Thursday, August 2, 2012

Math problems of the week: 4th grade Investigations vs. Singapore Math

I. The second problem set involving translation between numbers and words in the 4th grade Investigations Student Activity Book, (Unit 5, "Landmarks and Large Numbers," p. 6):


II. The first problem set involving translation between numbers and words in the 4th grade Singapore Math Primary Mathematics 4A Workbook, (Unit 1, "Whole Numbers," pp. 8-9):

4 comments:

Barry Garelick said...

Those who have a disdain for traditional approaches in teaching would view Singapore's approach as "drill and kill" and rote learning, while Investigations is a discovery-based approach in which students learn the rules for translation between numbers and words by observation.

KimS said...

What I find interesting about this is that Investigations' alleged strength is the number sense it helps students develop. Yet when you compare the Investigations lesson to the Singapore Math lesson, you see that Investigations doesn't even come close to Singapore in terms of the number sense needed to correctly answer the homework questions. It kind of calls into question that whole "superior number sense" argument the Investigations folks keep making.

Auntie Ann said...

I've been working my way through the 5A Singapore Primary (SE) Home Instructor's Guide, and the depth of the explanations and the approach to making sure that there is a deeper understanding of what is going on with numbers surpasses anything I was ever taught--and I had a good math curriculum way back in the 70's (and ended up with a degree in physics.)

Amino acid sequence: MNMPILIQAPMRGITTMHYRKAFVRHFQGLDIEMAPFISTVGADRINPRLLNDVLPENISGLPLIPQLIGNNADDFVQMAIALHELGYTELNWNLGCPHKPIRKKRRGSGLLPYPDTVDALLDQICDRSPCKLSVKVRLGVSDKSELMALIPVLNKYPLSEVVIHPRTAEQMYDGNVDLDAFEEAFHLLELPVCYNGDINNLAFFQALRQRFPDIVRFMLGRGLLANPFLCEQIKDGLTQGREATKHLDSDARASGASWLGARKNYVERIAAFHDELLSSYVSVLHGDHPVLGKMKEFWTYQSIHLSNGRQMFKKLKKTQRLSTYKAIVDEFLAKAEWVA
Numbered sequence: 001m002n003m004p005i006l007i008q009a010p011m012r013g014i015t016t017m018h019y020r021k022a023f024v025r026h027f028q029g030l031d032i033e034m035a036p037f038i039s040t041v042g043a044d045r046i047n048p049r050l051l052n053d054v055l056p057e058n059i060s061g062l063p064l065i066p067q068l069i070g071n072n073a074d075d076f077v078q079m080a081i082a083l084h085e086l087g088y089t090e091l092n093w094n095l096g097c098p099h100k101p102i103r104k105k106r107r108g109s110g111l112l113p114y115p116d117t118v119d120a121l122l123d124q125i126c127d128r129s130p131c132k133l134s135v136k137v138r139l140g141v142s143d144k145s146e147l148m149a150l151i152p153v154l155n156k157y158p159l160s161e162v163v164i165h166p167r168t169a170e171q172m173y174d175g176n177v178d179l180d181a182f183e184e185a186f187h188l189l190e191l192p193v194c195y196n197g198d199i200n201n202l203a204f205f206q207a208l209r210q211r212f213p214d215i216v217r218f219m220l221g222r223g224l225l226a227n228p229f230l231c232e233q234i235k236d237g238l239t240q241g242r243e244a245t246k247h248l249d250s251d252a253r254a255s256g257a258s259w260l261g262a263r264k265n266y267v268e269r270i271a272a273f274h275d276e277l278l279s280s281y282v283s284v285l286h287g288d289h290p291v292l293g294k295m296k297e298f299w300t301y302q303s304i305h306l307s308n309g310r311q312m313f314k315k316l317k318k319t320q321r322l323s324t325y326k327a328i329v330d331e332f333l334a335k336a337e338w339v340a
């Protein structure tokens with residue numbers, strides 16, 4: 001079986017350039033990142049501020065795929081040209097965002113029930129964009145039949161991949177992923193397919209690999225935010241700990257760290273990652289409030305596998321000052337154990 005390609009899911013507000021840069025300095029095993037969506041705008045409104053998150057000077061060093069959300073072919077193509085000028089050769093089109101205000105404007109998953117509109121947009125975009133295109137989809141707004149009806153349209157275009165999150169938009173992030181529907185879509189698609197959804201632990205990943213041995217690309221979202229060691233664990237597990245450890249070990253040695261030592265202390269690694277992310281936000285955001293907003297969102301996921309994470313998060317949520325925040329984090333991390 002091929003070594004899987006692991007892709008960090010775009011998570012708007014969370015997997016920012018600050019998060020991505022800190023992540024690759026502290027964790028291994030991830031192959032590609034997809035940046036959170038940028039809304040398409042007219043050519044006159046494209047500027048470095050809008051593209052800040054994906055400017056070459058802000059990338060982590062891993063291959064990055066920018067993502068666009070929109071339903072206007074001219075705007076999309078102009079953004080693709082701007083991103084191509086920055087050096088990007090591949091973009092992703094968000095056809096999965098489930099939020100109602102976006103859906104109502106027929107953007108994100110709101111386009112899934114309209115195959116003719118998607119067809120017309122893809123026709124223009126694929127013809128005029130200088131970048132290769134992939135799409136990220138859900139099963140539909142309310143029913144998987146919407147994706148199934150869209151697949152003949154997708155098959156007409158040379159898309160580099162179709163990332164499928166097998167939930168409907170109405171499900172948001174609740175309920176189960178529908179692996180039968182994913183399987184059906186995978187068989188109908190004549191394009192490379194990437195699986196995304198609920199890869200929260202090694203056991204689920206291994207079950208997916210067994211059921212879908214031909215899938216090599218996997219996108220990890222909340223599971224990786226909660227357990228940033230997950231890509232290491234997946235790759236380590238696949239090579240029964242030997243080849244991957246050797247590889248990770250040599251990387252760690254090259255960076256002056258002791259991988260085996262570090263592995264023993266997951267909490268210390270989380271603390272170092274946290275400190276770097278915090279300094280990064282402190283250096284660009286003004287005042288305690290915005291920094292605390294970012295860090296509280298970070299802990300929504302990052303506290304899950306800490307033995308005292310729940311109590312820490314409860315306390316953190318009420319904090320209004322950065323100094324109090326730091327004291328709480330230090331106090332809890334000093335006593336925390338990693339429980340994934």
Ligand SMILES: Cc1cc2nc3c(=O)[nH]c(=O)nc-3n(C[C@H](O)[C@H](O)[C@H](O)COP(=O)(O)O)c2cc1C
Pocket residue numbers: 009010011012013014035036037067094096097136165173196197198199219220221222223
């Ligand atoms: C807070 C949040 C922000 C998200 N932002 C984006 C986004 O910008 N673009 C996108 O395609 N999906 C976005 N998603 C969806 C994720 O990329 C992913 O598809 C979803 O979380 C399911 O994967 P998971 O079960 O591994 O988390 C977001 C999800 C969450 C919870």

It also is far and away beyond anything our now-7th grader learned in her EM classroom. The idea that only constructivist math tries to really teach underlying concepts, and the idea that SM is just drill and kill with no deeper number sense is absolutely ludicrous.

Though, perhaps that mistake is made by teachers who don't bother to read the teachers' guide and don't bother to teach this stuff properly in the first place.

Barry Garelick said...

The idea that traditional math as taught in the 50's and 60's was drill and kill with no deeper number sense is equally ludicrous. The fact that some teachers taught it poorly does not mean that it was always taught that way. Taught properly, it was very effective.